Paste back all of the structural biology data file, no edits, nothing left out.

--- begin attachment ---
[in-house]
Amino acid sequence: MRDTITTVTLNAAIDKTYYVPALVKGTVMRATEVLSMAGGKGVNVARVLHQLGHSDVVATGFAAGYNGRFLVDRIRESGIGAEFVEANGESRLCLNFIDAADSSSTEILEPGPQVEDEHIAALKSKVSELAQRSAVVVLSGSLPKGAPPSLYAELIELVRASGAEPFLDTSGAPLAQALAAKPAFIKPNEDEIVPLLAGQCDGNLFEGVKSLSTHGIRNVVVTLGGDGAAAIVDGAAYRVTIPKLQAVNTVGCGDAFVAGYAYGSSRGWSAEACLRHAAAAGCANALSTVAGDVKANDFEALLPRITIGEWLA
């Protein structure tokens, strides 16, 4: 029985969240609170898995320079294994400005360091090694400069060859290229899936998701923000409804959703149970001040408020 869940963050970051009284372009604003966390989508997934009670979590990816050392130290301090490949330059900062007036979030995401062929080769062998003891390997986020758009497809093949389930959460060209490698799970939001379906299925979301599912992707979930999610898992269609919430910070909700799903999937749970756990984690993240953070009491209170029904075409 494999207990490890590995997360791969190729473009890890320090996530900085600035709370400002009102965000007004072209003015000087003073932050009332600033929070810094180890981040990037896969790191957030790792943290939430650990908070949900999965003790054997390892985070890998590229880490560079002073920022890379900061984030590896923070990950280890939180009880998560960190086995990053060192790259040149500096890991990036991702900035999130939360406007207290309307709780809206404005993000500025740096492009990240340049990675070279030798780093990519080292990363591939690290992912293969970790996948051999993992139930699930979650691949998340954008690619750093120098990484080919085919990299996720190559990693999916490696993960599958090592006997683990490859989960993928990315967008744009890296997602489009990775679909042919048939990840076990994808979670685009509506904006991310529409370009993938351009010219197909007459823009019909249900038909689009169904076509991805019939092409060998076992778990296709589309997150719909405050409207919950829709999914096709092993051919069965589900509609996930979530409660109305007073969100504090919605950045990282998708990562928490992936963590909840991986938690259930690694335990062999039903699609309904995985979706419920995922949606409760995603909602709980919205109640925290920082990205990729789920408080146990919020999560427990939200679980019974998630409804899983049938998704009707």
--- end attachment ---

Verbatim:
[in-house]
Amino acid sequence: MRDTITTVTLNAAIDKTYYVPALVKGTVMRATEVLSMAGGKGVNVARVLHQLGHSDVVATGFAAGYNGRFLVDRIRESGIGAEFVEANGESRLCLNFIDAADSSSTEILEPGPQVEDEHIAALKSKVSELAQRSAVVVLSGSLPKGAPPSLYAELIELVRASGAEPFLDTSGAPLAQALAAKPAFIKPNEDEIVPLLAGQCDGNLFEGVKSLSTHGIRNVVVTLGGDGAAAIVDGAAYRVTIPKLQAVNTVGCGDAFVAGYAYGSSRGWSAEACLRHAAAAGCANALSTVAGDVKANDFEALLPRITIGEWLA
């Protein structure tokens, strides 16, 4: 029985969240609170898995320079294994400005360091090694400069060859290229899936998701923000409804959703149970001040408020 869940963050970051009284372009604003966390989508997934009670979590990816050392130290301090490949330059900062007036979030995401062929080769062998003891390997986020758009497809093949389930959460060209490698799970939001379906299925979301599912992707979930999610898992269609919430910070909700799903999937749970756990984690993240953070009491209170029904075409 494999207990490890590995997360791969190729473009890890320090996530900085600035709370400002009102965000007004072209003015000087003073932050009332600033929070810094180890981040990037896969790191957030790792943290939430650990908070949900999965003790054997390892985070890998590229880490560079002073920022890379900061984030590896923070990950280890939180009880998560960190086995990053060192790259040149500096890991990036991702900035999130939360406007207290309307709780809206404005993000500025740096492009990240340049990675070279030798780093990519080292990363591939690290992912293969970790996948051999993992139930699930979650691949998340954008690619750093120098990484080919085919990299996720190559990693999916490696993960599958090592006997683990490859989960993928990315967008744009890296997602489009990775679909042919048939990840076990994808979670685009509506904006991310529409370009993938351009010219197909007459823009019909249900038909689009169904076509991805019939092409060998076992778990296709589309997150719909405050409207919950829709999914096709092993051919069965589900509609996930979530409660109305007073969100504090919605950045990282998708990562928490992936963590909840991986938690259930690694335990062999039903699609309904995985979706419920995922949606409760995603909602709980919205109640925290920082990205990729789920408080146990919020999560427990939200679980019974998630409804899983049938998704009707």